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Cheap Oil’s Winners And Losers

oil rig off the interstate in Texas
photo by Darin Marshall

Motorists celebrating the return of sub-$3-a-gallon gasoline will be quite disappointed if it turns out that this year’s dramatic drop in oil prices is short-lived. There is a chance this could happen - but probably not a very big chance.

A sharp acceleration in the economies of China and much of Europe might quickly burn off the world’s current excess supplies. So might a big expansion of government-held fuel reserves, while an abrupt drop in the dollar’s value could drive up the prices Americans pay at the pumps.

None of these things seem to be in the cards, however, at least not in the near future. Europe’s problems are deeply rooted in too much bureaucracy and too little labor market freedom. The United States is beginning to emerge from its easy-money era while the eurozone and Japan are just seriously entering theirs, which argues for a stronger rather than weaker dollar. And governments always put a higher priority on building their emergency stocks when resources are scarce - and thus expensive - than when they are abundant and cheap.

It looks as though lower oil prices are going to stick around for a while. Yesterday’s column examined some obvious and not-so-obvious causes for the decline. Today, I want to look at who is likely to benefit most from the new environment, and who is apt to be harmed.

Happily for the U.S. and most of its allies, many of the regimes that will be hurt worst by the drop in oil prices are not constructive global actors. A Russian recession, which the country’s economy minister now predicts, will leave Moscow with fewer resources for potential aggression in Eastern Europe and elsewhere. We have already seen Vladimir Putin’s regime abandon a proposed pipeline to Europe, though the Russians are painting the move as Western Europe’s loss. Inflation in Russia has already climbed above 8 percent, according to The Washington Post.

The Russians are not the only ones feeling pain from Saudi Arabia’s refusal to play its traditional role as the world’s swing producer by cutting production to balance supply and demand at a higher price level. As I observed yesterday, the Saudi policy seems to be aimed largely at its regional archrival Iran, and secondarily at other Gulf states that have been supportive, behind the scenes, of radical Islam in ways the House of Saud finds threatening. The decision not to scale back production is only aimed in a tertiary way against emerging oil producers like the United States and Canada, the latter of which will be more directly affected by falling prices. Here in the United States, it is not always that expensive to frack for oil, and transportation costs to get oil from wells to refineries are also lower. As we produce more of what we need, Americans are not the Saudis’ natural primary market anyway. If the Saudis can undermine or undersell producers in Russia and Iran, they can take greater market share in Europe and Asia.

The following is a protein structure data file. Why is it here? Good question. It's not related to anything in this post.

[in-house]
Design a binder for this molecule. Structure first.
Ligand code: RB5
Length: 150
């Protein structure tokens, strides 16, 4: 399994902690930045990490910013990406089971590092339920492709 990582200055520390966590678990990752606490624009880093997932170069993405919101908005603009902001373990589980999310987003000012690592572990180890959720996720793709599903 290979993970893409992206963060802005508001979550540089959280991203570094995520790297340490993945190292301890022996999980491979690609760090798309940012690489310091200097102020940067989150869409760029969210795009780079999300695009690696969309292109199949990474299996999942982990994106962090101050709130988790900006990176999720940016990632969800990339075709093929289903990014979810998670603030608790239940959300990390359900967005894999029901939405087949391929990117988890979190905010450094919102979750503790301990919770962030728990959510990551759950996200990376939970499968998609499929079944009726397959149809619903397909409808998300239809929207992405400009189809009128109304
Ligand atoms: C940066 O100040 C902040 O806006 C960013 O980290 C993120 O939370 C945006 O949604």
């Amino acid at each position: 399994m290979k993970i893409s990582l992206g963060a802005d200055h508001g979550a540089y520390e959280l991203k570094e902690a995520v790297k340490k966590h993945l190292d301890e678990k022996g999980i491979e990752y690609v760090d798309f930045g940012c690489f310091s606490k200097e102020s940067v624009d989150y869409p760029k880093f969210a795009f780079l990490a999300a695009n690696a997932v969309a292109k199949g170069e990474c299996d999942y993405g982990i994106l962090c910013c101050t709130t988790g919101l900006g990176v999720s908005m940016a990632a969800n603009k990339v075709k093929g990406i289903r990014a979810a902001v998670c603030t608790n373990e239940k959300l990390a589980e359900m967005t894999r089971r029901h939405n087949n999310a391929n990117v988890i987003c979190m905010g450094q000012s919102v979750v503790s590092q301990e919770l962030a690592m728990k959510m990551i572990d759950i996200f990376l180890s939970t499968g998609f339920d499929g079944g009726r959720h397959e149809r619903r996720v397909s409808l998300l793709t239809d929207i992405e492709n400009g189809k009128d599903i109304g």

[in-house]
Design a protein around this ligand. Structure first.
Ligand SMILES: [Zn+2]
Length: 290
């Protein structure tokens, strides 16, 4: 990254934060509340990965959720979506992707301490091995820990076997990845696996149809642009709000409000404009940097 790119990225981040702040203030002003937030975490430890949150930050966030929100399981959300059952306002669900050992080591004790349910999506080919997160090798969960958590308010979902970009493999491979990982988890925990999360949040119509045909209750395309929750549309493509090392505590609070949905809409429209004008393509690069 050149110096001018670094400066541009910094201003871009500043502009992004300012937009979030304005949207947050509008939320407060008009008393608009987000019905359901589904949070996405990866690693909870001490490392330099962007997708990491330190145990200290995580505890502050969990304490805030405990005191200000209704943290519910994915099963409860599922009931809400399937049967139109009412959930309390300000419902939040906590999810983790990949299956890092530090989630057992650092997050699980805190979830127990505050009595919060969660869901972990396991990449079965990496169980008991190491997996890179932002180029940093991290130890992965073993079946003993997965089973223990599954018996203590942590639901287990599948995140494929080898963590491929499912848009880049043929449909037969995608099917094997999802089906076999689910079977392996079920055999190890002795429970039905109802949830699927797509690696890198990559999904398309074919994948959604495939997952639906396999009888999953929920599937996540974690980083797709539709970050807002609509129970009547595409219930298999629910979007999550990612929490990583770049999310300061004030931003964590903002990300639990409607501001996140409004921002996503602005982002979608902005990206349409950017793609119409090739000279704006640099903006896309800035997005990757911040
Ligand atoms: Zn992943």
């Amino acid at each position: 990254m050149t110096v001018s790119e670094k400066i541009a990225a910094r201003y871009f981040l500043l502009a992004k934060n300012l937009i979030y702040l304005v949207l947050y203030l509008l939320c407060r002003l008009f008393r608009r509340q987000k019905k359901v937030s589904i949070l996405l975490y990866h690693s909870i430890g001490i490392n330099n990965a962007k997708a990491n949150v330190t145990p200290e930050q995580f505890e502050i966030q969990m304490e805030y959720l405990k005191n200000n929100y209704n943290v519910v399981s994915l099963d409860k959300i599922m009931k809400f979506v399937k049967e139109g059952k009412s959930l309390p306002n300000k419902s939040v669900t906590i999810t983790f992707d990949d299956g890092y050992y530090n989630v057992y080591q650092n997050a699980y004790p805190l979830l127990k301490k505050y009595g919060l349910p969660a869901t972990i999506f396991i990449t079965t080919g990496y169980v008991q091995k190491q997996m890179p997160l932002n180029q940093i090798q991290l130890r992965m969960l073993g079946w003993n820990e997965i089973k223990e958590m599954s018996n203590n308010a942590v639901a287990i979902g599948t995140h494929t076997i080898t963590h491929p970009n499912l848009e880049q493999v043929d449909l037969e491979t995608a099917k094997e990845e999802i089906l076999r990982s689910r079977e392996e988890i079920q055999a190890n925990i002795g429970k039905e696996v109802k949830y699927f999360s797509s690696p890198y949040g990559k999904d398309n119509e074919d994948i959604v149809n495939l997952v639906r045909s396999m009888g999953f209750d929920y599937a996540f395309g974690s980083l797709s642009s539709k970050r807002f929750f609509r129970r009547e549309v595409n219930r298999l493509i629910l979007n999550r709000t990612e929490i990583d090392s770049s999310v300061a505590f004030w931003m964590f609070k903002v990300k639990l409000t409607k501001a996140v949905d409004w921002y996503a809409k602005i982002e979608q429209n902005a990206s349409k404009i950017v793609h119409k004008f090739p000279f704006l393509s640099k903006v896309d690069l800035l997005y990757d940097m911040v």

How will lower oil prices will affect the United States itself? The question is complicated, because we are a big producer of oil, but also the world’s largest consumer. For now, we are still a net importer, which means lower oil prices are an overall benefit from a national perspective. Lower oil prices will certainly have an adverse impact on certain regions, however, especially in Texas and the Northern Plains states. But that economic pain will also ultimately prove temporary.

In some ways, it may even be beneficial, especially in the Northern Plains, where infrastructure is sorely lacking. The cost of living is disproportionately expensive in many of these places. A town in North Dakota topped the list of expensive locations for renters earlier this year, beating out the San Francisco and New York metro areas by average renter cost, mainly because of insufficient supply relative to demand. A slowdown may give boom towns some time to catch up to the influx of money and workers they were initially unprepared to handle, because while drilling will slow with lower prices, it is unlikely to stop entirely. In many places, though not all, oil will still be profitable at $60 or $70 per barrel.